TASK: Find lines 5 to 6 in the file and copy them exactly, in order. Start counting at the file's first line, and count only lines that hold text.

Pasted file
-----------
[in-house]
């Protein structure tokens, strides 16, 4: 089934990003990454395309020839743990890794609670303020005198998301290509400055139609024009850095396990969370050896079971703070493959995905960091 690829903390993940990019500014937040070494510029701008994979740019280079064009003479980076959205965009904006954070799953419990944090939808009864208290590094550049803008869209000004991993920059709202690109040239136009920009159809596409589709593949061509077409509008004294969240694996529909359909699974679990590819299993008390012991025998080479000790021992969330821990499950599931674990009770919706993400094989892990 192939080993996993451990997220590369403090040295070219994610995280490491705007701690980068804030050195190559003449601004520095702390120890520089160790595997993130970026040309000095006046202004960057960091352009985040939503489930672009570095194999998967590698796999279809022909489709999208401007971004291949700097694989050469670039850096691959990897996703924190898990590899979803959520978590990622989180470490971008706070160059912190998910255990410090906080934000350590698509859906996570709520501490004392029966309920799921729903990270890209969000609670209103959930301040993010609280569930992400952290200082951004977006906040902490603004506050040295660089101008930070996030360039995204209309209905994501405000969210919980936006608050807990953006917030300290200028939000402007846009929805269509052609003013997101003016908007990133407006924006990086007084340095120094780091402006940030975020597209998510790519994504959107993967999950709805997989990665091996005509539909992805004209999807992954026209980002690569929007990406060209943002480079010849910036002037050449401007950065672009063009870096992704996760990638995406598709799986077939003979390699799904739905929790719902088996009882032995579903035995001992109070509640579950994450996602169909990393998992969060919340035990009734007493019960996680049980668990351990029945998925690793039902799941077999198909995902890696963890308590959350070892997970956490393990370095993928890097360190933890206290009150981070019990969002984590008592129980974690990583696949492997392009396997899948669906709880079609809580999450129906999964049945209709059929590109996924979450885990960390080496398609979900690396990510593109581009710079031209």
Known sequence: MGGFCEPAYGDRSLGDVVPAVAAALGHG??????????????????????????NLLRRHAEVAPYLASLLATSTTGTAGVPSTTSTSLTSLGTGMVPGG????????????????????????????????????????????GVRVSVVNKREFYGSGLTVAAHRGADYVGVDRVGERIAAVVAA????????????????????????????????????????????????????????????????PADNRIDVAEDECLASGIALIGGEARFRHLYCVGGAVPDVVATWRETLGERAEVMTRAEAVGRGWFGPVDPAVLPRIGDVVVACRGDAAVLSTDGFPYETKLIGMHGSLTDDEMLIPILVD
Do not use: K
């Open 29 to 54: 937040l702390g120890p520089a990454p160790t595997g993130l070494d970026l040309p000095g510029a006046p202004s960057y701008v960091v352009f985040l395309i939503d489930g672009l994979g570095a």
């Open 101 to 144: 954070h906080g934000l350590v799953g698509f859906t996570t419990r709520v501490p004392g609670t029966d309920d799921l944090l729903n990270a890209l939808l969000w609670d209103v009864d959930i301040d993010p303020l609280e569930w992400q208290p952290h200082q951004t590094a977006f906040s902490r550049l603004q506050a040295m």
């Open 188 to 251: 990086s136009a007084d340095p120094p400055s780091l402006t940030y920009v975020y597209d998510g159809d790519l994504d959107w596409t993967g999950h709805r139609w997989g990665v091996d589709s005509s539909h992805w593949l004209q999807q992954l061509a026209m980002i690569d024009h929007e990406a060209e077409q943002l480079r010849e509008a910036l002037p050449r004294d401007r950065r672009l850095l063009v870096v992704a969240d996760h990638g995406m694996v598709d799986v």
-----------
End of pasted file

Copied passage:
């Open 29 to 54: 937040l702390g120890p520089a990454p160790t595997g993130l070494d970026l040309p000095g510029a006046p202004s960057y701008v960091v352009f985040l395309i939503d489930g672009l994979g570095a």
């Open 101 to 144: 954070h906080g934000l350590v799953g698509f859906t996570t419990r709520v501490p004392g609670t029966d309920d799921l944090l729903n990270a890209l939808l969000w609670d209103v009864d959930i301040d993010p303020l609280e569930w992400q208290p952290h200082q951004t590094a977006f906040s902490r550049l603004q506050a040295m």